Landon Powell admitted he was nervous during Sunday's perfect game in Oakland.
But not for himself.
"I was nervous for him," said Powell, the Oakland Athletics backup catcher, a former South Carolina standout who caught pitcher Dallas Braden's perfect game Sunday against the Tampa Bay Rays.
"For me, I had to keep calling the same pitches. Baseball is such a game of luck. Every time they swung, I winced. There's so much that can happen."
Never miss a local story.
Powell said he started thinking about Braden's pitching as early as the fourth inning.
"I was thinking about how he had really good stuff, how we had a really good chance to win the game," Powell said.
Thoughts of a no-hitter entered his mind in the sixth inning.
Braden seldom shook off Powell's called pitches. At most, it was "maybe five or six times," Powell said. "It was usually on first pitches. It was whether or not a guy was going to ambush a first pitch."
Powell said Braden kept the Rays off balance with an inside fastball, first-pitch sliders and a screwball.
The toughest out in the 4-0 win was outfielder Gabe Kapler, whose 12-pitch at-bat ended on a pop foul in the sixth inning.
"We kept throwing every pitch he had and couldn't get him," Powell said.
Evan Longoria was booed when he tried to bunt for a hit in the fifth inning.
The Rays were also on the wrong end of the last major league perfect game, which was thrown by Chicago White Sox pitcher Mark Buehrle in July.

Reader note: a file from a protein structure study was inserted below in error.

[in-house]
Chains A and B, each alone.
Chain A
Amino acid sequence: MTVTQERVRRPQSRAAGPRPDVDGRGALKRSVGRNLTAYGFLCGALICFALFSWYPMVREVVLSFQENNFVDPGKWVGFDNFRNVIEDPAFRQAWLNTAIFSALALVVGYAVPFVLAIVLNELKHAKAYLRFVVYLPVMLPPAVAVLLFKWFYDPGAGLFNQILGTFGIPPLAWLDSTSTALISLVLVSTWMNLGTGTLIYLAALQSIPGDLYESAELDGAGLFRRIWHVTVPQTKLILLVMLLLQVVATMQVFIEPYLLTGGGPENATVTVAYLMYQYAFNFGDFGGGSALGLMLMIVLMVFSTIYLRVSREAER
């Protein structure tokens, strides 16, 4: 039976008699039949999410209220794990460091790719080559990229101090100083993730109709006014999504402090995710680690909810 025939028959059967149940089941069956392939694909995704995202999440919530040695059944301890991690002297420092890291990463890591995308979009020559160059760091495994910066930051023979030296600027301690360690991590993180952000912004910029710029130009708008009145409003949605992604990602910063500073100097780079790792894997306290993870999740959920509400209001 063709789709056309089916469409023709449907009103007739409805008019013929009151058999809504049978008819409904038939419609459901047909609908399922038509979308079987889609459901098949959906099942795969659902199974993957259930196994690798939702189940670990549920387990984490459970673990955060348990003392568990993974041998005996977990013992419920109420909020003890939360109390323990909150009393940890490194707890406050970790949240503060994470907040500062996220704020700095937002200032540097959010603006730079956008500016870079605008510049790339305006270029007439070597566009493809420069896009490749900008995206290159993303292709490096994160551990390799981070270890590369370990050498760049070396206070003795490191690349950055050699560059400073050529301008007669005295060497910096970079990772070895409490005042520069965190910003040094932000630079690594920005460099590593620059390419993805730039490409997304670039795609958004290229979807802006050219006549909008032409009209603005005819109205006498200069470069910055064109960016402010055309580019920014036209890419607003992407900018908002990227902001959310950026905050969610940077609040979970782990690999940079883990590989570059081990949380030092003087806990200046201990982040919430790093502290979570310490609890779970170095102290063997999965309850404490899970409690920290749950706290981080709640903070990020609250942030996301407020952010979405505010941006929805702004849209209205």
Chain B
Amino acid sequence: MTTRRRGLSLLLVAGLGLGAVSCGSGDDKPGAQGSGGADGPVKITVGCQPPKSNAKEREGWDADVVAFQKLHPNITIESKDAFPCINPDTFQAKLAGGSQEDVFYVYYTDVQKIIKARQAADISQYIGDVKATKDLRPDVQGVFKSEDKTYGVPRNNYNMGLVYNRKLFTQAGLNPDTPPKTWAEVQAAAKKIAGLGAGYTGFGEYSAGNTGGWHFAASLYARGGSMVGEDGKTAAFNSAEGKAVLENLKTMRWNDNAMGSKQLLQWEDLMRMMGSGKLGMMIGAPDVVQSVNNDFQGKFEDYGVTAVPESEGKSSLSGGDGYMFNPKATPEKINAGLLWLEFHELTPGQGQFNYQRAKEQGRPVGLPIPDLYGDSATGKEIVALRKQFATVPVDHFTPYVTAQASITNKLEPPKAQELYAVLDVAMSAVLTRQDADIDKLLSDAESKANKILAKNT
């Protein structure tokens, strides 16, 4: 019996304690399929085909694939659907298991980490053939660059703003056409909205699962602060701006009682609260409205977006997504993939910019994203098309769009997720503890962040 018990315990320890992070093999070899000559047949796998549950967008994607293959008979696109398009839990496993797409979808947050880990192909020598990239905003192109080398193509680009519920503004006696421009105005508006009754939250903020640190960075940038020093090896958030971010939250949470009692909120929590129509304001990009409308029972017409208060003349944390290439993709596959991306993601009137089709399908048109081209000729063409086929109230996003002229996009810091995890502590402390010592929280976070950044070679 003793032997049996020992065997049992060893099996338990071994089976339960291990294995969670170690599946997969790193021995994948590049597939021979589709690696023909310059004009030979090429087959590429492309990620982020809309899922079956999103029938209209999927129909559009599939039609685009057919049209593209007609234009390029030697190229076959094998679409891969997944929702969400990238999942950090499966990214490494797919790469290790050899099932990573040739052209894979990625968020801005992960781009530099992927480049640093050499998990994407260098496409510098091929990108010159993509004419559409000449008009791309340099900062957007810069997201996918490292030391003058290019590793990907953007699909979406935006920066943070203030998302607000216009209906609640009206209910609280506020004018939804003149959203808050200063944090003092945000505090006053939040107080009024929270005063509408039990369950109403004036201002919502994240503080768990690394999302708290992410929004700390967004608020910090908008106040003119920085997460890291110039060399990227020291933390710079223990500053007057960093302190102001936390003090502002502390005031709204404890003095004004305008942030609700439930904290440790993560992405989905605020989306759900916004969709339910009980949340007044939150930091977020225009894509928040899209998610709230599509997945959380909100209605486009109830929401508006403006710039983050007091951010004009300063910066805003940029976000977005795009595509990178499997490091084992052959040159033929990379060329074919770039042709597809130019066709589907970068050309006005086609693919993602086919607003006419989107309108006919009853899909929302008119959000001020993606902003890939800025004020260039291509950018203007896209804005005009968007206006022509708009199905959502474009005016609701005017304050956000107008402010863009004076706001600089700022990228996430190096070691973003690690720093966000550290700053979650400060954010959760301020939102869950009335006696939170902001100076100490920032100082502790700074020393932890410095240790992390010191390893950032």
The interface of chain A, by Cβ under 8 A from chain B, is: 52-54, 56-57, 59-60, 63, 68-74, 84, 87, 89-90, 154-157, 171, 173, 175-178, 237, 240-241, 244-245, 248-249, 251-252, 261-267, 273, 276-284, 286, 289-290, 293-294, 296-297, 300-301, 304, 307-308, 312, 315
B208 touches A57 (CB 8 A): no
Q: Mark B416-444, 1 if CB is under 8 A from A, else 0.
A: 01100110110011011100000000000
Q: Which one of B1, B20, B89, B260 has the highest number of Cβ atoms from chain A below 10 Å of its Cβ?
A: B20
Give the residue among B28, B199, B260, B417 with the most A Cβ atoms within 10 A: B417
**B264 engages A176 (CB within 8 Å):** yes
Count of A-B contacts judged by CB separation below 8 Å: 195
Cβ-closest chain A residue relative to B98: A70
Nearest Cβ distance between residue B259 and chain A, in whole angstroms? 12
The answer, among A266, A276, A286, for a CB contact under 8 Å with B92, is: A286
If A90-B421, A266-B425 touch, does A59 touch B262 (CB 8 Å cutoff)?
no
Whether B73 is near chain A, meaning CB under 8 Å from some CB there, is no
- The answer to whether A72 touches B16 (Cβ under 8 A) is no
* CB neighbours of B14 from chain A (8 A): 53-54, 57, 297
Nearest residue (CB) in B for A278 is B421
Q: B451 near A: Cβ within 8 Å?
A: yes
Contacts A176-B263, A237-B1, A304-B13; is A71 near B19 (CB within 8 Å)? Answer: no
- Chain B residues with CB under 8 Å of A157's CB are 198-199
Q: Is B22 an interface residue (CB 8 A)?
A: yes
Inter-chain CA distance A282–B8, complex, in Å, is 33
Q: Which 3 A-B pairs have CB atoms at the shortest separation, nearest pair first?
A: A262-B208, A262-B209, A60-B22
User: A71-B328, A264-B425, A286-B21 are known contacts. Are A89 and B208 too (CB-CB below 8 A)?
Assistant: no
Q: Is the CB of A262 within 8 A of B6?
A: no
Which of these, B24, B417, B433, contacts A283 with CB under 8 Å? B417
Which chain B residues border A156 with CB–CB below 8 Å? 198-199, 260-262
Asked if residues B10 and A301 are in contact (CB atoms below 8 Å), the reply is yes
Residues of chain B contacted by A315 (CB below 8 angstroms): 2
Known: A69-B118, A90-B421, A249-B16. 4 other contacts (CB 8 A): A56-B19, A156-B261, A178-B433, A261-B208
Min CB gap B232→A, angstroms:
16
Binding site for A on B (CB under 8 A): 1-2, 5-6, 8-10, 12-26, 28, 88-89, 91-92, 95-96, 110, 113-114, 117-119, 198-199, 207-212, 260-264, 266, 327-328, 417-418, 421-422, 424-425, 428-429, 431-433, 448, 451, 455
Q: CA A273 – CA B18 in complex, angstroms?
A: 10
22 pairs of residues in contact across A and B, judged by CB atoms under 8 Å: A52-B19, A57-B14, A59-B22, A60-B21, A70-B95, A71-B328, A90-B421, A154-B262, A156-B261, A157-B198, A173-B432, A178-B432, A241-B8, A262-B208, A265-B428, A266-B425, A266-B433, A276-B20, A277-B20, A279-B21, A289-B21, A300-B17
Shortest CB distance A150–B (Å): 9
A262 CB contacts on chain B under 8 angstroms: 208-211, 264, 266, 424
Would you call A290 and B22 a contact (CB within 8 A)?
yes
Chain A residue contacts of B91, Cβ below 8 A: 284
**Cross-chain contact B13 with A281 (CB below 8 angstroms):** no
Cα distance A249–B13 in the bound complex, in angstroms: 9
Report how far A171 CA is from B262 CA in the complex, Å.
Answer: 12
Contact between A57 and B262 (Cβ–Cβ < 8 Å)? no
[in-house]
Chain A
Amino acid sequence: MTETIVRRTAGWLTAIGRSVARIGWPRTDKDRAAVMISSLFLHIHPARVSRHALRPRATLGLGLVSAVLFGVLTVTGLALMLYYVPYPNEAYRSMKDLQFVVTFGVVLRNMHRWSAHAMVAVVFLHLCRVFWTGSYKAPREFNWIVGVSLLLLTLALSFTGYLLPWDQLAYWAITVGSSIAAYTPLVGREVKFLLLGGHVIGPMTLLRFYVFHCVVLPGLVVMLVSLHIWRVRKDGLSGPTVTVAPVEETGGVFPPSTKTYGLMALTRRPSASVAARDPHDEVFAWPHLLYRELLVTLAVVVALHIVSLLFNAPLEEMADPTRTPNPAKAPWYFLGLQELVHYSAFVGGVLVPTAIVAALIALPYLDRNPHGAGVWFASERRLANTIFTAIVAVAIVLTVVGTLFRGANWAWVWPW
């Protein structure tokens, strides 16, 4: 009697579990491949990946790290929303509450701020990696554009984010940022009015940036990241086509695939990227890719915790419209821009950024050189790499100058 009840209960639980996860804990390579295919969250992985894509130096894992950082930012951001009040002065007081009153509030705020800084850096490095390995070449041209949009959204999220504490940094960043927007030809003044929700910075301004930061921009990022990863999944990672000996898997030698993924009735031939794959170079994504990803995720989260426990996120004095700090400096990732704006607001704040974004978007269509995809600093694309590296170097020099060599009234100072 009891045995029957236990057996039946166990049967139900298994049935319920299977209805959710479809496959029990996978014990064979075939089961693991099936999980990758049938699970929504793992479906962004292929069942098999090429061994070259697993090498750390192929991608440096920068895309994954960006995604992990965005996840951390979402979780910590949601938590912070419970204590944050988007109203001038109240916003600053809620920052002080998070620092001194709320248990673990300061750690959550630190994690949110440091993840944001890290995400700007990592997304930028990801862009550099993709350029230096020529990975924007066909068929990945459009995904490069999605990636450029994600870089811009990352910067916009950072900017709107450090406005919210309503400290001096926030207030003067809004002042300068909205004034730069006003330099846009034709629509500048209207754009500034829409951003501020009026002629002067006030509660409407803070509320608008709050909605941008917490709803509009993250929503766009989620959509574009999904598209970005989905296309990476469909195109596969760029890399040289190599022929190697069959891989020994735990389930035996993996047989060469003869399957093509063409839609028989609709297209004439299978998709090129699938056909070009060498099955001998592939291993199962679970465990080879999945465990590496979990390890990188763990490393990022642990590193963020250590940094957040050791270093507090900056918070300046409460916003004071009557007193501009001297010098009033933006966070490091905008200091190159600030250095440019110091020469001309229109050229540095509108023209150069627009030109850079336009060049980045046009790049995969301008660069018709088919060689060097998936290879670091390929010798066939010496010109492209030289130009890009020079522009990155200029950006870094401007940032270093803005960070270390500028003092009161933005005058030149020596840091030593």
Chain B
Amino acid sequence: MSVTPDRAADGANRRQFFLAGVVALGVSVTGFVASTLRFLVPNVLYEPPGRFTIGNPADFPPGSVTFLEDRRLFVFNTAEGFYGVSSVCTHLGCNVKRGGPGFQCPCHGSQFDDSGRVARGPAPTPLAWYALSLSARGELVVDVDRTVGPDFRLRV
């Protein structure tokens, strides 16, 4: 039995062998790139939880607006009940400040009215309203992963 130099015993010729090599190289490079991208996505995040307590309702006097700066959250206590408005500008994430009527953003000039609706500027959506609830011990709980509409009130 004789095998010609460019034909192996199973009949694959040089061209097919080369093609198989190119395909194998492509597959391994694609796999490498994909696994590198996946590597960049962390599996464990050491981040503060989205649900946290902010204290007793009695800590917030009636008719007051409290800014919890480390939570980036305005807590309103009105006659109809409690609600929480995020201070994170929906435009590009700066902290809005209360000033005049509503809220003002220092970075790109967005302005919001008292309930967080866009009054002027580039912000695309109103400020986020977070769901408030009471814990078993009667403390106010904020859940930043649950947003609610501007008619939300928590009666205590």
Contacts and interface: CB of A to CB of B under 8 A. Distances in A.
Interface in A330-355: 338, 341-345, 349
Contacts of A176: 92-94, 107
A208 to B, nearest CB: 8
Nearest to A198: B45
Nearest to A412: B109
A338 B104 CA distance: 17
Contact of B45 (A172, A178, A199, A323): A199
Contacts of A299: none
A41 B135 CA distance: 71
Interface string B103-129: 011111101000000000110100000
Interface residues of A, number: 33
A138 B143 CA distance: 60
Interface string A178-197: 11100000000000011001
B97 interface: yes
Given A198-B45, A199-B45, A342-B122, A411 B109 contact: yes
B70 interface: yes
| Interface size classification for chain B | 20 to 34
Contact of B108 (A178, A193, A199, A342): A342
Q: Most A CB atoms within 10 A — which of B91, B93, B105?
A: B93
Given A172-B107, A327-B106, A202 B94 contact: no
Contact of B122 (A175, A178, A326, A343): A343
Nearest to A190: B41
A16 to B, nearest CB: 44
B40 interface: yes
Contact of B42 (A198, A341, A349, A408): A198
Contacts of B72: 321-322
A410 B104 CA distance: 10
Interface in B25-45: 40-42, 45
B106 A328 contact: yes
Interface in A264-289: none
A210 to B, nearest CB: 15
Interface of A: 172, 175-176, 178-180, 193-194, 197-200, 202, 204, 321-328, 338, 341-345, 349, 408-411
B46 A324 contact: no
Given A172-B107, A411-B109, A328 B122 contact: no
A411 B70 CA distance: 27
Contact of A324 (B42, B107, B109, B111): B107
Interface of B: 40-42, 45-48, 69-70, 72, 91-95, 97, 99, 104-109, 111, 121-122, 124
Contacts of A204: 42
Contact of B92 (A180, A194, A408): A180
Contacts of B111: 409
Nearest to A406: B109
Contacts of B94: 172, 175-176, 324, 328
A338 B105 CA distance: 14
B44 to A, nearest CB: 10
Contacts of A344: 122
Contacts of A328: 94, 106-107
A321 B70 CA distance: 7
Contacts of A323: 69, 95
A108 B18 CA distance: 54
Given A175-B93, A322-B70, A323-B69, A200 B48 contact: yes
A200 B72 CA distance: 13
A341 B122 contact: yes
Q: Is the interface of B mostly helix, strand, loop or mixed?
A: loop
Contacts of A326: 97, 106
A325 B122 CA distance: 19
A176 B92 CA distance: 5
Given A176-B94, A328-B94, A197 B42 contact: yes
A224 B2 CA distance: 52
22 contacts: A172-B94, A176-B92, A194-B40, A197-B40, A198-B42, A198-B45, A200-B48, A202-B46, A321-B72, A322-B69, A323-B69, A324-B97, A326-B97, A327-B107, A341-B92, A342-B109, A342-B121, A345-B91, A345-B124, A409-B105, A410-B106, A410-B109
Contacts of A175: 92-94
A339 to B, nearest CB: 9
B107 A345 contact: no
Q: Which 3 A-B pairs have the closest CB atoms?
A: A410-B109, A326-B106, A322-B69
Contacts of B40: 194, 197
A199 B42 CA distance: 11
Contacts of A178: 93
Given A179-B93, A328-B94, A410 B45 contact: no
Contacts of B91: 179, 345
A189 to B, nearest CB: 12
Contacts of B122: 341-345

Powell said he was more eager to play defense than to take at-bats. Normally, it's the other way around for Powell, who was 2-for-4 with an RBI and a double. In the previous seven games, he had one hit.
"I was ready to do anything I had to do to help accomplish it," Powell said. "To have that opportunity, that chance, I was excited."
Powell has caught Braden more than any other pitcher at the professional level. The two have been teammates at three levels of the minor leagues
"I've caught him 70, 80, 90 times, maybe more if you include the Arizona Fall League," Powell said.
The two were both drafted by Oakland in 2004. Powell was taken in the first round, and Braden was taken in the 24th round.
After recovering from a series of injuries, Powell got into the major leagues last season as a backup to catcher Kurt Suzuki. He established himself as a solid defensive backstop but was passed over to make the major league roster this season.
"The team told me I would be backup," Powell said.
When Suzuki strained a muscle in his rib cage, Powell was called up.
"I'm just glad to get that opportunity right now," Powell said.
Late Sunday night, Powell texted Braden.
"I just said that he deserved it," Powell said, mentioning all Braden has gone through, including his mother dying when he was in high school. "To do that on Mother's Day, I was very proud of him. I appreciate him giving me that opportunity. He texted me back and said, 'We did it together.'"